http://assets-s3.rollingstone.com/assets/images/album_review/cd30176de9ef1c9441c433facb589259f4ba380f.jpg Happy to You

Miike Snow

Happy to You

Downtown/Universal Republic
Rolling Stone: star rating
Community: star rating
5 3 0
March 27, 2012

Can a great band have a dull singer? The second LP by this electro-pop trio (New Yorker Andrew Wyatt and Swedes Christian Karlsson and Pontus Winnberg, a.k.a. Bloodshy and Avant) is exhilarating and, frequently, beautiful: "Paddling Out" is psychedelic disco; "Vase" is a sonata for synths and drum machine. The problem is Wyatt's thin voice and ineffectual presence. On their amazing records with Britney Spears ("Toxic," "Piece of Me"), Karlsson and Winnberg treated singers as just another sound in the mix, but they're not so cavalier with Wyatt. The result: an earphone extravaganza that never quite makes magic.

Listen to "Devil's Work":

Miike Snow Celebrate New LP with Fervent New York Show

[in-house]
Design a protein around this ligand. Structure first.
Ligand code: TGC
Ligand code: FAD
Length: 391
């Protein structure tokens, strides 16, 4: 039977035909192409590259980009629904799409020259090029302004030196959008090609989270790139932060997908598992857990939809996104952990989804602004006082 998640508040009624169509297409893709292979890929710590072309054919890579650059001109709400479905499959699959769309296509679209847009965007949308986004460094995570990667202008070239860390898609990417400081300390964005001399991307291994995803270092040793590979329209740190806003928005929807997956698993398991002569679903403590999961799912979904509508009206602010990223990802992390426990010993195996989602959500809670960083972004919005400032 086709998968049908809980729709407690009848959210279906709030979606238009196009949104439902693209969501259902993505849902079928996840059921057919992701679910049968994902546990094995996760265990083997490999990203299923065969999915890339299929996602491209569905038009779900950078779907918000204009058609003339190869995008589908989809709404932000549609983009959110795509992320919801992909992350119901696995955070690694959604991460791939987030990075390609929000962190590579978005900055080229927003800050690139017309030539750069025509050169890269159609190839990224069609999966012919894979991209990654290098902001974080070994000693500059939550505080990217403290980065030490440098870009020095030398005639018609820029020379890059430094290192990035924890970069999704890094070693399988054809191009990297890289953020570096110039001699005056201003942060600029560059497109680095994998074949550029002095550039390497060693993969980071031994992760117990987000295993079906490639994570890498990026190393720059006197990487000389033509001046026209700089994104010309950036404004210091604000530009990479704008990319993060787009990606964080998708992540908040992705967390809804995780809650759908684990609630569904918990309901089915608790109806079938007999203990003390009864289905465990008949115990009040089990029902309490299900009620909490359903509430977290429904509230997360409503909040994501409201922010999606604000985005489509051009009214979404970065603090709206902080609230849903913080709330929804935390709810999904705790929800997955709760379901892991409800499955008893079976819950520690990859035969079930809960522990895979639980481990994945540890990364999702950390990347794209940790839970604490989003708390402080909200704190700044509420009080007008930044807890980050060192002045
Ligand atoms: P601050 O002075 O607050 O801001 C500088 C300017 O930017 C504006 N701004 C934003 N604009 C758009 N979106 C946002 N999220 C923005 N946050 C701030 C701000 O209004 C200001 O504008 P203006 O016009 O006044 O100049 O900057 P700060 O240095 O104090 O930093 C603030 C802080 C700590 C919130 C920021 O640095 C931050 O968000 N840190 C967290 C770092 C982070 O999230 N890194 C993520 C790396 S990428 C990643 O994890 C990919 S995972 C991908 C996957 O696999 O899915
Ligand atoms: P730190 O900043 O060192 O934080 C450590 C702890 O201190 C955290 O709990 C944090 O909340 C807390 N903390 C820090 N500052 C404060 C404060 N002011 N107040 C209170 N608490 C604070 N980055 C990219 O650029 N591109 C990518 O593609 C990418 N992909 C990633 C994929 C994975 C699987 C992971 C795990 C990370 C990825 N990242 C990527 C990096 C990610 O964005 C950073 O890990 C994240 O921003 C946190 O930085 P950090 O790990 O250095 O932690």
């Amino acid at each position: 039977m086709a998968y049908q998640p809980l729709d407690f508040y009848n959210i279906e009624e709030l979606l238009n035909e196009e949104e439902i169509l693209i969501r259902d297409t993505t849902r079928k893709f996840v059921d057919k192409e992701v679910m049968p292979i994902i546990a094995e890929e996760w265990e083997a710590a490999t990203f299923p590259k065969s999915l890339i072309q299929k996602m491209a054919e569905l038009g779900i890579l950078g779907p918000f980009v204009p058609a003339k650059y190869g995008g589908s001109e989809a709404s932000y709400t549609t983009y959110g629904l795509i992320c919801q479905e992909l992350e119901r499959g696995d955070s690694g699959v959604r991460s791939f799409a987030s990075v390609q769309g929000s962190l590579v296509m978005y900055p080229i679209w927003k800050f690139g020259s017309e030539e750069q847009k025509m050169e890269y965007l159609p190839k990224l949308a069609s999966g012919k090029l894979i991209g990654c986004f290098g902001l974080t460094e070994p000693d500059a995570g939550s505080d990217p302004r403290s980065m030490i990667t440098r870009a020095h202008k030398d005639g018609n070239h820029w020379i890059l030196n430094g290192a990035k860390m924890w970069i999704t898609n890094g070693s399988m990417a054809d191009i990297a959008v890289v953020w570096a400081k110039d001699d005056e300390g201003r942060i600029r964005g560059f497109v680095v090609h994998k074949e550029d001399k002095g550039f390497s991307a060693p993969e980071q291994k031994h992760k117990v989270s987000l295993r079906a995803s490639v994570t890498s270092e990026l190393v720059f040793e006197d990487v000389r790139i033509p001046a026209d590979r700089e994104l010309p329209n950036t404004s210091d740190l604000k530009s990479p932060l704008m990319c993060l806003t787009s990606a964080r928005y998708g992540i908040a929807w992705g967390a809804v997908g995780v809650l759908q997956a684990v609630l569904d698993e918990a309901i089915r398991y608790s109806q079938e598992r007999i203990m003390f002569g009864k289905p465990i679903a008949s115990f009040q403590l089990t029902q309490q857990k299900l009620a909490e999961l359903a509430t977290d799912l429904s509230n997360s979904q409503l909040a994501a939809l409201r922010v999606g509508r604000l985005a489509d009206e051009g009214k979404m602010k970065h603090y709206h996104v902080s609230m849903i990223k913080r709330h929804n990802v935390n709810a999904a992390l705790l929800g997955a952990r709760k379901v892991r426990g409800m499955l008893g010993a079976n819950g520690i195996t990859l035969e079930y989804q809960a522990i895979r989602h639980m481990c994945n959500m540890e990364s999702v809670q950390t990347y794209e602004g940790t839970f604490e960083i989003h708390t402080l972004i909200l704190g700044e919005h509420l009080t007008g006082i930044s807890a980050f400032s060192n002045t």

Album Review Main Next


Community Guidelines »
loading comments

loading comments...


Sort by:
    Read More
    Around the Web
    Powered By ZergNet
    Daily Newsletter

    Get the latest RS news in your inbox.

    Sign up to receive the Rolling Stone newsletter and special offers from RS and its
    marketing partners.


    We may use your e-mail address to send you the newsletter and offers that may interest you, on behalf of Rolling Stone and its partners. For more information please read our Privacy Policy.

    Song Stories

    “Love Is the Answer”

    Utopia | 1977

    The message of the Beatles' "All You Need Is Love" proved to be a universal and long-lasting one, which Utopia revisited 10 years later on this ballad. "From a lyrical standpoint, it's part of a whole class of songs that I write, which are about filial love," Todd Rundgren explained. "I'm not a Christian, but it's called Christian love, the love that people are supposed to naturally feel because we are all of the same species. That may be mythical, but it's still a subject." Though "Love Is the Answer" wasn't a hit, a cover version two years later by England Dan & John Ford Coley peaked at Number Ten on the Billboard singles chart.

    More Song Stories entries »